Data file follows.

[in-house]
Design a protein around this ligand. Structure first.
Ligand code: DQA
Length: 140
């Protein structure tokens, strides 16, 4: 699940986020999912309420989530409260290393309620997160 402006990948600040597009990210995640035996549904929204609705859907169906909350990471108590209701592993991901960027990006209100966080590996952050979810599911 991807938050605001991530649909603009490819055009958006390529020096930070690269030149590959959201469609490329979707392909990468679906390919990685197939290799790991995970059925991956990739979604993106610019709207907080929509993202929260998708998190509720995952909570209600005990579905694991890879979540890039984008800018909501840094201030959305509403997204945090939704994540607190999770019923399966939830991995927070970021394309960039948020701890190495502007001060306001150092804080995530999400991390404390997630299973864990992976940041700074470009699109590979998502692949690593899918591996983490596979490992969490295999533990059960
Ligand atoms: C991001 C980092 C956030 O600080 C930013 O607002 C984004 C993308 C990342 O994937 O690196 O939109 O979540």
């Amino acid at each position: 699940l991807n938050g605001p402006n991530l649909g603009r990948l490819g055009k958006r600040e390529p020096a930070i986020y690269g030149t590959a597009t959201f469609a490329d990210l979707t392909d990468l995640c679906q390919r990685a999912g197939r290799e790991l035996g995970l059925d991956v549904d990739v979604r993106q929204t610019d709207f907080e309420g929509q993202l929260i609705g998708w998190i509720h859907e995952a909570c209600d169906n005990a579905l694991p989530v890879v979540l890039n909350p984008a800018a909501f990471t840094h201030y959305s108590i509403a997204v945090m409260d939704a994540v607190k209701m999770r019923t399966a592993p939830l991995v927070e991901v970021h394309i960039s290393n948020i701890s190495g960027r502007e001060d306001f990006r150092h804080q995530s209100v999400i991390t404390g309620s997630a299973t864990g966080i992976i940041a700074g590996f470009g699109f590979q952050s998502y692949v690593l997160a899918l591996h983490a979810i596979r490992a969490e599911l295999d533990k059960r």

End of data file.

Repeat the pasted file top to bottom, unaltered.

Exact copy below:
[in-house]
Design a protein around this ligand. Structure first.
Ligand code: DQA
Length: 140
């Protein structure tokens, strides 16, 4: 699940986020999912309420989530409260290393309620997160 402006990948600040597009990210995640035996549904929204609705859907169906909350990471108590209701592993991901960027990006209100966080590996952050979810599911 991807938050605001991530649909603009490819055009958006390529020096930070690269030149590959959201469609490329979707392909990468679906390919990685197939290799790991995970059925991956990739979604993106610019709207907080929509993202929260998708998190509720995952909570209600005990579905694991890879979540890039984008800018909501840094201030959305509403997204945090939704994540607190999770019923399966939830991995927070970021394309960039948020701890190495502007001060306001150092804080995530999400991390404390997630299973864990992976940041700074470009699109590979998502692949690593899918591996983490596979490992969490295999533990059960
Ligand atoms: C991001 C980092 C956030 O600080 C930013 O607002 C984004 C993308 C990342 O994937 O690196 O939109 O979540």
């Amino acid at each position: 699940l991807n938050g605001p402006n991530l649909g603009r990948l490819g055009k958006r600040e390529p020096a930070i986020y690269g030149t590959a597009t959201f469609a490329d990210l979707t392909d990468l995640c679906q390919r990685a999912g197939r290799e790991l035996g995970l059925d991956v549904d990739v979604r993106q929204t610019d709207f907080e309420g929509q993202l929260i609705g998708w998190i509720h859907e995952a909570c209600d169906n005990a579905l694991p989530v890879v979540l890039n909350p984008a800018a909501f990471t840094h201030y959305s108590i509403a997204v945090m409260d939704a994540v607190k209701m999770r019923t399966a592993p939830l991995v927070e991901v970021h394309i960039s290393n948020i701890s190495g960027r502007e001060d306001f990006r150092h804080q995530s209100v999400i991390t404390g309620s997630a299973t864990g966080i992976i940041a700074g590996f470009g699109f590979q952050s998502y692949v690593l997160a899918l591996h983490a979810i596979r490992a969490e599911l295999d533990k059960r």